|Publication number||US4972878 A|
|Application number||US 07/478,920|
|Publication date||Nov 27, 1990|
|Filing date||Feb 12, 1990|
|Priority date||Feb 12, 1990|
|Publication number||07478920, 478920, US 4972878 A, US 4972878A, US-A-4972878, US4972878 A, US4972878A|
|Original Assignee||Jack Carlin|
|Export Citation||BiBTeX, EndNote, RefMan|
|Patent Citations (6), Referenced by (13), Classifications (10), Legal Events (3)|
|External Links: USPTO, USPTO Assignment, Espacenet|
Firefighting techniques increasingly involve the use of larger diameter hoses and hose couplings to improve the delivery rate at the fire site. As technology in all areas have improved over the years, hoses, nozzles, and other firefighting equipment can be made lighter and stronger, and techniques improve. This makes it possible to deliver higher volumes of water which is one of the most crucial factors in effective fire fighting.
There are several large valves that are used on firetrucks, and in some instances on fire hydrants. The valve disclosed herein is one that is used on the firetruck at the inlet to control water that is flowing from the fire hydrant into the fire engine's fire pump. Previously, a valve of typical construction would have a hinged gate that would swing into seated position to stop the water flow. This type of valve is advantageous in that the gate can be moved completely clear of the valve throat to permit maximum use of the internal diameter of the valve.
However, with larger diameter hoses and fittings, and the accompanying increase in flow rate, larger valves are required so that a bottleneck in the system is not caused by the valve. As the valve gets larger, waterflow increases and the forces experienced by the valve are increased proportionately to the increase in the valve's interior surface area. These valves must be built to withstand tremendous forces, running to several hundred pounds per square inch, and could run close to a thousand pounds per square inch were it not for the pressure relief valve in worse-case water hammer situations.
For these reasons, the flap-type valve used on smaller hoses is not ideal for larger diameter hoses that are becoming more popular. 5" and even 6" diameter hoses are in use. The forces that these high-flow systems exert on the valve flap are tremendous as the valve is being opened or closed. There is a need for a high-volume, high-pressure valve utilizing a different mechanism than the hinged gate.
The instant invention fulfills the above stated need and comprises a valve having a flat dam plate against which a flat gate slides. The dam plate has several parallel slots, and the gate has a complimentary set of slots which will either align with the slots in the dam, or misalign to cover the slots in the dam to permit the valve to open and close. With this construction, there are no forces that are leveraged out of proportion on the internal parts of the valve mechanism.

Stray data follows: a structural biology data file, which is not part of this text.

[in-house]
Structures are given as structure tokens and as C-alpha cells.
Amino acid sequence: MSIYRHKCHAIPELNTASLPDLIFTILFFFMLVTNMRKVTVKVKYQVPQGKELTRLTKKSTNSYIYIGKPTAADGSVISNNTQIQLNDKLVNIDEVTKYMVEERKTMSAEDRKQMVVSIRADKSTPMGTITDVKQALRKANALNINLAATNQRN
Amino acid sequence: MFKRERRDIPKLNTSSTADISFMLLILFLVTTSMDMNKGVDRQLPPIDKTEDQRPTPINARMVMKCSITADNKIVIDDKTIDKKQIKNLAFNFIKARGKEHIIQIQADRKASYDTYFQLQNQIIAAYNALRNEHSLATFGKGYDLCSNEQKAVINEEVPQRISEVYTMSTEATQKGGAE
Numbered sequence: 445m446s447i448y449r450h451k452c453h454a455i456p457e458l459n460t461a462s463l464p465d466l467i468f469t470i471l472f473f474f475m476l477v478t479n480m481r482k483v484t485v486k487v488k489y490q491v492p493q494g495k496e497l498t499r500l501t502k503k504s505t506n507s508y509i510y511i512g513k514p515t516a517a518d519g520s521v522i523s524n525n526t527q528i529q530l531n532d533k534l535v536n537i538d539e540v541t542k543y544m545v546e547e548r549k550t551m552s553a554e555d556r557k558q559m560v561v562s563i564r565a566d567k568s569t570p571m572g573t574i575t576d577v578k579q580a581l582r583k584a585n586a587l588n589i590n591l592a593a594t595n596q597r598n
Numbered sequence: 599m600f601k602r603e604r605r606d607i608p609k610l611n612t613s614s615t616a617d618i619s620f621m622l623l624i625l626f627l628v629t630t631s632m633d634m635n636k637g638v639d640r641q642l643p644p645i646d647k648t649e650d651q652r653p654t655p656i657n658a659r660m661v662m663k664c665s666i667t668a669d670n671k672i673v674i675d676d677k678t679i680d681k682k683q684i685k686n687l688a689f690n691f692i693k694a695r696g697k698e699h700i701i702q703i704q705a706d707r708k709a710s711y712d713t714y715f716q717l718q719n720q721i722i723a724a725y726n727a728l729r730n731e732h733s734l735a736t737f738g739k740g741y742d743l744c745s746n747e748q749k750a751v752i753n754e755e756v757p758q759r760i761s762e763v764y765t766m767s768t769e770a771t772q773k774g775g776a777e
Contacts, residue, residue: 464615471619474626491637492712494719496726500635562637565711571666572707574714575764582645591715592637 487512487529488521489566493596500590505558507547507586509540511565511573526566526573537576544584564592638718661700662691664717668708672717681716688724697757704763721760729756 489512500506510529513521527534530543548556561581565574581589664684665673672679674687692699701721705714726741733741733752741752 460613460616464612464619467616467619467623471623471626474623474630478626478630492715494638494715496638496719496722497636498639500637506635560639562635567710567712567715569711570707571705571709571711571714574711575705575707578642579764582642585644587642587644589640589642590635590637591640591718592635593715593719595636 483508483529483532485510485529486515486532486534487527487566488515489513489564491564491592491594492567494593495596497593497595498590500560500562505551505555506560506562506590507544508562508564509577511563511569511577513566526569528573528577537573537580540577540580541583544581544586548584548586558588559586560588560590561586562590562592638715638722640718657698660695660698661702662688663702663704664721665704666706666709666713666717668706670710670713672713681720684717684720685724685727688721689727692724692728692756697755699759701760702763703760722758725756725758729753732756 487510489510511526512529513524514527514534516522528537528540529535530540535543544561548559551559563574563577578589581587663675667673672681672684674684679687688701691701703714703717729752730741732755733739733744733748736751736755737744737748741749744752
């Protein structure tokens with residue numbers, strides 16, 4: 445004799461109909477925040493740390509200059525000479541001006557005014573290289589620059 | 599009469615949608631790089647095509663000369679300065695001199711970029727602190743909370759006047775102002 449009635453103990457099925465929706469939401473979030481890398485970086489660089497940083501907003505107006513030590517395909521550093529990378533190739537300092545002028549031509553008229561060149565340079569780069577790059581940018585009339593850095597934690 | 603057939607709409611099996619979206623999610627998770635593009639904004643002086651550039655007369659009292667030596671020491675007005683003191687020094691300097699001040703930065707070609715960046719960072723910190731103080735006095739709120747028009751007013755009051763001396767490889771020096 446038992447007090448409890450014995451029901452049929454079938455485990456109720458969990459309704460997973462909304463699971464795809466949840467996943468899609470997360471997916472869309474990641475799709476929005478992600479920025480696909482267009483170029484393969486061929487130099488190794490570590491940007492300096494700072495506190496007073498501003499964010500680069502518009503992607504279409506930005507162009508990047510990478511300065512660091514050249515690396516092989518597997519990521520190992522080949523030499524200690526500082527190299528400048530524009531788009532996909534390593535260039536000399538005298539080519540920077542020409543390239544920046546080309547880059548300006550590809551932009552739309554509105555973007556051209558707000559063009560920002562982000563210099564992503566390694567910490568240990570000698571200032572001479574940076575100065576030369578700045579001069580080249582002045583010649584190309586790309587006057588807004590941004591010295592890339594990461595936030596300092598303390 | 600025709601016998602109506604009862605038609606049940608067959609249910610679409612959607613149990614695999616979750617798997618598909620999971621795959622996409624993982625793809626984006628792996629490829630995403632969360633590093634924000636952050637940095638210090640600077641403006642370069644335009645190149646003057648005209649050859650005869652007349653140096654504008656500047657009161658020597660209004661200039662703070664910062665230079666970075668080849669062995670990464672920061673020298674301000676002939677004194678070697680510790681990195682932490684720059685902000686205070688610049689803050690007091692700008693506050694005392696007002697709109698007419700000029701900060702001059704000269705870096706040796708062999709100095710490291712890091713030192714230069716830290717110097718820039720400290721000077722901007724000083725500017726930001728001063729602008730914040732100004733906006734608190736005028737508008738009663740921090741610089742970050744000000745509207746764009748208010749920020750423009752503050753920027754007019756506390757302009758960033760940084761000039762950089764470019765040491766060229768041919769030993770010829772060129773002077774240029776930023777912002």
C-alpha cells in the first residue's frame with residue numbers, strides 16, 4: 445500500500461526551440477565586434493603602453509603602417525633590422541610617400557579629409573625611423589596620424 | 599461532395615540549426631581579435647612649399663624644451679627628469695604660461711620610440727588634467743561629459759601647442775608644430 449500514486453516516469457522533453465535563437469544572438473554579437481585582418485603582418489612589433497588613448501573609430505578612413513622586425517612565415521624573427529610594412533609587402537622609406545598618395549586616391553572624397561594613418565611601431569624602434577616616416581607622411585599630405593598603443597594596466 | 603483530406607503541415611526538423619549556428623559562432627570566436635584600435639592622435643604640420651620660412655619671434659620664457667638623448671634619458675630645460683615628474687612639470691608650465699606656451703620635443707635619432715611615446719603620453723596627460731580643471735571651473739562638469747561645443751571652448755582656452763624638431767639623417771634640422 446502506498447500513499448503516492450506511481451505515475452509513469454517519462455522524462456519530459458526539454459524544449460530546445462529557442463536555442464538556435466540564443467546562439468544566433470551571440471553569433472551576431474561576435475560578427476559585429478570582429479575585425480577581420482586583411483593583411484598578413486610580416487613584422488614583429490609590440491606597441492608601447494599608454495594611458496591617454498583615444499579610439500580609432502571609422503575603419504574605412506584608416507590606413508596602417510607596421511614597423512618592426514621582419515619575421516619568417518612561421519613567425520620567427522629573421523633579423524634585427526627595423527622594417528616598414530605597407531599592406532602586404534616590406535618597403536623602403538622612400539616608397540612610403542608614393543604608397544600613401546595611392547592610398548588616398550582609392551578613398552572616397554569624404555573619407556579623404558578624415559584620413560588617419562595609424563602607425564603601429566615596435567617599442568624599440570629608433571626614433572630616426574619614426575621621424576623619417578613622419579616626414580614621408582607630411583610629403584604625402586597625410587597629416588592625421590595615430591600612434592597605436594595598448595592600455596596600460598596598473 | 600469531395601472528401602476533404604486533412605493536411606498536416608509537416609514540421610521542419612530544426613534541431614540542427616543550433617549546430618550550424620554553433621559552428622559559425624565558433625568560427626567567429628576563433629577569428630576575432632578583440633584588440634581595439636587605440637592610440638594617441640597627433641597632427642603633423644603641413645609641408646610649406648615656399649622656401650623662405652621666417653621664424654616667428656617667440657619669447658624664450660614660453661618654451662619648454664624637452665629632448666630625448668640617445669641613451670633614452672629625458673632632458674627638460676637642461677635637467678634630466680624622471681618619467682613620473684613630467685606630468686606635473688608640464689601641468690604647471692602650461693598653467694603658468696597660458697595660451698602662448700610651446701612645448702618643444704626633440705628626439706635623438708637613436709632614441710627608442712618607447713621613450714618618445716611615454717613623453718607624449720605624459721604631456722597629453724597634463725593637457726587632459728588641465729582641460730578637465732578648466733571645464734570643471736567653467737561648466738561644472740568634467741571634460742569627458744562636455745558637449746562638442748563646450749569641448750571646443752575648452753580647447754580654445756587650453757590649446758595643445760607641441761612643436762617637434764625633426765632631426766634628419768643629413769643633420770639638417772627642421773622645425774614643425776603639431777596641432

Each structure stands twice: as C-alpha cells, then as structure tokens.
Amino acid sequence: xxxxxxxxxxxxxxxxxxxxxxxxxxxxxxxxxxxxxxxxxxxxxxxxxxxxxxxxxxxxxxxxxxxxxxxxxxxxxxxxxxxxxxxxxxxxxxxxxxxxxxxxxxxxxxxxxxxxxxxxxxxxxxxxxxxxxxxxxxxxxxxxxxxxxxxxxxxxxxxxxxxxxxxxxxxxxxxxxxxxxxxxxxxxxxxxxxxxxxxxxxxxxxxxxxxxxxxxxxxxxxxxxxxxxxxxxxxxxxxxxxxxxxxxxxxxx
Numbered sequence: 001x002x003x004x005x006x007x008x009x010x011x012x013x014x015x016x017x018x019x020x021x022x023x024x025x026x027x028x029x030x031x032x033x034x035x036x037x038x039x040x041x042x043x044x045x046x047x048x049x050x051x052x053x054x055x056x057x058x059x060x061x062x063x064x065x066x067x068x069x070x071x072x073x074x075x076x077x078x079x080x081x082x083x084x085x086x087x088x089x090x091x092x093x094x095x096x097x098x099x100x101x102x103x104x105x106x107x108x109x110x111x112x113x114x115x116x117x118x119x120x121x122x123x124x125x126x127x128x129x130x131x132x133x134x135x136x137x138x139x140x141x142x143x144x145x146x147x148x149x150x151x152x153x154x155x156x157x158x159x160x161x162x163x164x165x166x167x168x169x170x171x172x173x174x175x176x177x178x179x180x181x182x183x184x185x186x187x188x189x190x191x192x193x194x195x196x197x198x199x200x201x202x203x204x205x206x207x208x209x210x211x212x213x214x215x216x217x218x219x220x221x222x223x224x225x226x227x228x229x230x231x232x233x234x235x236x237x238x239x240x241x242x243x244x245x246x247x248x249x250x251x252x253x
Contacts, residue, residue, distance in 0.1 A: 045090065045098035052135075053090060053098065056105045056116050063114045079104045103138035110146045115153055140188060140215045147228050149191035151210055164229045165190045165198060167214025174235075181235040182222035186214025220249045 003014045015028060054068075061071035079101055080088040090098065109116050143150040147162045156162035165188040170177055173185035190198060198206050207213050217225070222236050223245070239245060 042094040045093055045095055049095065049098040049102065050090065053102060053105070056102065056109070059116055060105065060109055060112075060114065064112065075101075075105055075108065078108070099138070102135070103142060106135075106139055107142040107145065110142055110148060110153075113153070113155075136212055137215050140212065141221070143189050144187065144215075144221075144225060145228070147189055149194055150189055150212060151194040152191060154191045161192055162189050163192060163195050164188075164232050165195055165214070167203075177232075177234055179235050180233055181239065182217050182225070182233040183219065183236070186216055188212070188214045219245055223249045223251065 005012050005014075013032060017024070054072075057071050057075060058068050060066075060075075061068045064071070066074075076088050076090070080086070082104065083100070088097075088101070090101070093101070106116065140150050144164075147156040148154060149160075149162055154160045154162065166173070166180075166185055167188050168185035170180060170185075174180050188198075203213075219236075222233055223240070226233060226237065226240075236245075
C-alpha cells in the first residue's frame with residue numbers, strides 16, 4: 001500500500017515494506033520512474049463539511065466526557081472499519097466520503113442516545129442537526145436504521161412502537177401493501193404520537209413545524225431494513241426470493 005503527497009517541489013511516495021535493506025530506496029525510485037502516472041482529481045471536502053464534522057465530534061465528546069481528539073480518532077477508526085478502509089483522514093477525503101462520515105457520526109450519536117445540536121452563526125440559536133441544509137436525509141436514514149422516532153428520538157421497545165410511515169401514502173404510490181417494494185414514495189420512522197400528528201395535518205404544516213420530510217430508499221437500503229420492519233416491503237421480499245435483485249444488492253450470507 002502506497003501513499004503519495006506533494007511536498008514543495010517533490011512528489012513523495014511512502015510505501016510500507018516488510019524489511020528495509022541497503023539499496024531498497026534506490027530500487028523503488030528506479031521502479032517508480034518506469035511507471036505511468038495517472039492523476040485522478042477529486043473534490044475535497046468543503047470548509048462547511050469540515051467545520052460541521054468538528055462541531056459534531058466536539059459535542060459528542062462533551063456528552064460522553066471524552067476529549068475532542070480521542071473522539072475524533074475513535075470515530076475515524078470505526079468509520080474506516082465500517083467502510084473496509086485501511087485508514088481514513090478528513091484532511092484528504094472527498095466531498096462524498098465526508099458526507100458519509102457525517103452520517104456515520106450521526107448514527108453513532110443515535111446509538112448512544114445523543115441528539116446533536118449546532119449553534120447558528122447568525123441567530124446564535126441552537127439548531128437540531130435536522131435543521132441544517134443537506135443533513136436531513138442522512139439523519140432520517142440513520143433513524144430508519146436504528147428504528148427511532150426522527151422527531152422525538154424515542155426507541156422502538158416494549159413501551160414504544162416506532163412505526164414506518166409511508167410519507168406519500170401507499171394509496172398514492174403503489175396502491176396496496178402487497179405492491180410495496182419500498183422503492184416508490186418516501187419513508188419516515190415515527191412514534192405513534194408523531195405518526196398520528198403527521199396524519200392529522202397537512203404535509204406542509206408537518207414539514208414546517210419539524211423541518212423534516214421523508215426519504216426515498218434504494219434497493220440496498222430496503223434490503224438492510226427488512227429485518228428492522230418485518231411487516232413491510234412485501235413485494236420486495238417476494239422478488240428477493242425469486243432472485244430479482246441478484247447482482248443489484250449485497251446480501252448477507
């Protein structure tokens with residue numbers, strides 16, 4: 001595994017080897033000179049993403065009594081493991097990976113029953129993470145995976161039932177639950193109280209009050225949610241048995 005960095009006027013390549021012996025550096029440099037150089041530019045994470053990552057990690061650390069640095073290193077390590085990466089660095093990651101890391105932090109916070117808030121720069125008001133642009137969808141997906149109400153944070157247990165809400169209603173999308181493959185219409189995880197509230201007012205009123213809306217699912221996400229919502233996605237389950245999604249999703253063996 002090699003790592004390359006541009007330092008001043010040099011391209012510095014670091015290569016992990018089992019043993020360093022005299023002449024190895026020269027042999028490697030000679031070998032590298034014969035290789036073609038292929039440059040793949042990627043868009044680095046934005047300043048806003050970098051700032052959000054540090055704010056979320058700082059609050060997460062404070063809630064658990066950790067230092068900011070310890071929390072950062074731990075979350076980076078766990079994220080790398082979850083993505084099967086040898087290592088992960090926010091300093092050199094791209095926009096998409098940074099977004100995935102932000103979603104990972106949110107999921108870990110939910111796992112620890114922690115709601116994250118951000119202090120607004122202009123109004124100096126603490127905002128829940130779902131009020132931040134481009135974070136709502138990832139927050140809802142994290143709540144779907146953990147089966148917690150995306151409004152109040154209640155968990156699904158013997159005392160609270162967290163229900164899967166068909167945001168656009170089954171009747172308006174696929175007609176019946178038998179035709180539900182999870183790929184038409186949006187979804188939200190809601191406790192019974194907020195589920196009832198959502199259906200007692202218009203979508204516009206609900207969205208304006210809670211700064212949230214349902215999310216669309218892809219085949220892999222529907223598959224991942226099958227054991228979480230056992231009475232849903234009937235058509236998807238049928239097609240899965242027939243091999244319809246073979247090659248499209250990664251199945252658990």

The gate part of the valve is held against the dam surface by four rollers at the corners of the gate. The gate defines four ramp surfaces that the rollers ride on for at least part of the travel of the gate so that when the gate moves into the closed position, the ramps press harder against the rollers and force the gate harder into closed position. Conversely, when the gate is opened, the ramps relieve the pressure applied by the rollers so that the 0-rings between the gate and the dam are not unduly worn.
The gate is operated by an external crank having a shaft passing through the casing, and threadedly engage a bushing mounted to the gate, so that as the crank turns, the gate is moved back and forth across the face of the dam.
A significant additional advantage of the valve is that the nature of the valve construction is such that it can quite easily be enlarged to adapt to increasingly large hoses that will almost certainly be coming into general use in the near future.
FIG. 1 is a side elevation view showing the overall appearance of the valve;
FIG. 2 is an end elevation view as the valve appears from the end which couples to the firetruck;
FIG. 3 is a section taken along line 3--3 FIG. 2;
FIG. 4 is a section taken along line 4--4 FIG. 3;
FIG. 5 is a section taken along line 5--5 FIG. 3;
FIG. 6 is a section taken along line 6--6 FIG. 3; and
FIG. 7 is a section taken along line 7--7 FIG. 5.
The valve has a casing pen which is comprised of a downstream shell 12 and an upstream shell 14. The shells each have a flange 16 and 18 respectively which mate as is shown in FIG. 3 and are clamped together by bolts 20 and sealed with an 0-ring 22.
The downstream shell defines an outlet 24 which is configured to be engaged by the standard coupling on a firetruck. The upstream shell 14 defines an inlet 26 having an adaptive coupling 28 so that it will fit either four- or four-and-a-half-inch hose couplings. Clearly, larger couplings could be accommodated, but at present in most instances even five inch and six inch diameter hoses have couplings that are no larger than four and a half inches. The outlet 24, however, may be five or six inches.